Let me begin by saying that Giant most definitely IS a musical.  I say this because its composer-lyricist, Michael John LaChiusa, made it very clear in a 2005 article in Opera News that most of what masquerades on Broadway as The Musical is nothing but:

I’m old-school about what makes a musical a musical.  Lyric, music, libretto, choreography — all work in equal parts to spin out the drama.  And the best of craftmanship is employed, craftsmanship that nods to the past and leans to the future: a great song is something we think we’ve heard before but haven’t.  A real musical makes perfect symmetry out of the muck of diverse and eclectic sources, and transcends those sources.  A real musical is organic in all its parts.  It’s equal parts intelligence and heart.  It can never be realistic theater, only realistic in its humanity.  But who wants that in 2005?  We’re into reality programming, after all — which is hardly real at all.  It’s post-America America: we want faux!

Wow, did he get Slavoj Žižek to write that last bit?  How terribly Lacanian.

Anyway, Giant at the Signature Theatre in Arlington, VA, is ostensibly based on Edna Ferber’s novel of the same name, but I wouldn’t really know about that.  I never read the book myself, but I did see the movie (another Žižekian conceit, although he claims only to read the DVD covers…)  Luckily for me though, Jonathan Yardley did read the book, and wrote about reading it, and says that the movie is way better anyway, so I feel quite content.

The musical retains the film’s epic proportions (it runs a full 4 hours), but whereas the film has enough room for the material’s Big Messages, the musical is overstuffed, as though the authors were desperately trying to encapsulate all the important moments and ideas, and simply had to stop short at the end of hour number 4.

Giant seems like good enough material for a musical, and the authors mostly do right by it.  LaChiusa’s score is really good, as are Bruce Coughlin and Larry Hochman’s orchestrations, despite some pervasive sound problems resulting from the orchestra — yes a real Orchestra! — playing above the stage.  The form, however, is a bit bland — we progress from scene to scene, song to song, without any larger dramatic or thematic connections emerging from the journey.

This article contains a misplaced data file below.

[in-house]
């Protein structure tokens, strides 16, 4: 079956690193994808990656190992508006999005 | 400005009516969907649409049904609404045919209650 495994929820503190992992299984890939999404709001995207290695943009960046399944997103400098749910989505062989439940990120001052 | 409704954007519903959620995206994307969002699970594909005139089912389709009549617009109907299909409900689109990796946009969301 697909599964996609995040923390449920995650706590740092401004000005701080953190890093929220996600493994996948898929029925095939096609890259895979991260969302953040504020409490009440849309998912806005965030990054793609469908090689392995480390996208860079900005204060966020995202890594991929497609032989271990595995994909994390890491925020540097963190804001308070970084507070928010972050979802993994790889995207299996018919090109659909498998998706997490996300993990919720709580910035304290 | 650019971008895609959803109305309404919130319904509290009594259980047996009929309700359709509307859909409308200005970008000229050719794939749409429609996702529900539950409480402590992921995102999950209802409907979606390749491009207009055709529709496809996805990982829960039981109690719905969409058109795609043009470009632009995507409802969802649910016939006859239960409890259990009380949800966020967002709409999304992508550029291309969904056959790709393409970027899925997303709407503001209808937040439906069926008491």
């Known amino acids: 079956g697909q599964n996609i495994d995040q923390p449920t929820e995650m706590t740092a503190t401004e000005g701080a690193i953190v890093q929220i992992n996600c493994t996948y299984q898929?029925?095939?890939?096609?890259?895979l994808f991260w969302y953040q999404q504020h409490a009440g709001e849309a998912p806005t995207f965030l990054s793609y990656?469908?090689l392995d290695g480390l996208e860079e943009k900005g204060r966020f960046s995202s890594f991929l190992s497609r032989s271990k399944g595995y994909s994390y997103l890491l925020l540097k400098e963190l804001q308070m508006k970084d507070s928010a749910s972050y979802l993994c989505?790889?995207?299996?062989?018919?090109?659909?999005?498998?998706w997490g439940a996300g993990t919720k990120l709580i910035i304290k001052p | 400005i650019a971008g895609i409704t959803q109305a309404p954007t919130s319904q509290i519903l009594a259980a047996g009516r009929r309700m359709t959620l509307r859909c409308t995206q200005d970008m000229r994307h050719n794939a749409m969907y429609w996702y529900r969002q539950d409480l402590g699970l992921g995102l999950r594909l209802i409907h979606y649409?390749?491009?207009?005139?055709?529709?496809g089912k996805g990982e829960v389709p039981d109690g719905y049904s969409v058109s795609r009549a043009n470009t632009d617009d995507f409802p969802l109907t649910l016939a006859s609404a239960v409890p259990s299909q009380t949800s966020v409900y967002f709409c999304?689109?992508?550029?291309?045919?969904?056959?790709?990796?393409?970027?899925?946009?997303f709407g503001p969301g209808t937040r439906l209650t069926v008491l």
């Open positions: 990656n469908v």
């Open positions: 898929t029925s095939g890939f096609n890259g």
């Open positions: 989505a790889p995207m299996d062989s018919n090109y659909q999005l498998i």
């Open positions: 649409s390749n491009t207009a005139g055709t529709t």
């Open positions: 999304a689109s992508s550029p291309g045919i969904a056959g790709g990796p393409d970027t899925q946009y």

In fact, I think this show is too much Musical, and not enough Giant.  Also, I didn’t appreciate the writers de-clawing Bick of some of his less attractive characteristics; his interaction with Leslie and the Mexicans upon his arrival at Reata takes on a markedly different tone than it does in the film.  I also didn’t really care for the re-scoring of Jett as a wacko rather than a weirdo, but I suppose it works, or rather would have, had we been allowed to see a real character arch from scene to scene, rather than just an abrupt change in demeanor an hour later.

And now my real gripe, addressed to the Signature Theater, of Alrington, VA: I know it’s a long show and all, but you’ve got to allow me at least enough time to go to the bathroom and grab a cup of coffee, AND drink it before you herd me back into the theater.  And then, when I sneak my coffee to my seat, as I simply have to if I don’t want to waste my $2, please don’t send your obnoxious, geriatric “Volunteer” patrol to advise me to “be careful” with it.  I know I’m supposed to be careful, idiot.

Anyway, it was a good show with good songs, good acting and singing, etc. but I think the authors could re-format the piece, stretching out certain scenes and ideas, and cutting others altogether.  The point of a Musical, as Mr. LaChiusa so aptly pointed out, is to transcend its source material, not follow it slavishly.  Show Boat is a four hour musical (also based on an Edna Ferber novel) but it’s not too long.  Neither is this show, but I think that with a little re-working, we could leave the theater feeling like we got even more than our 4 hour’s worth.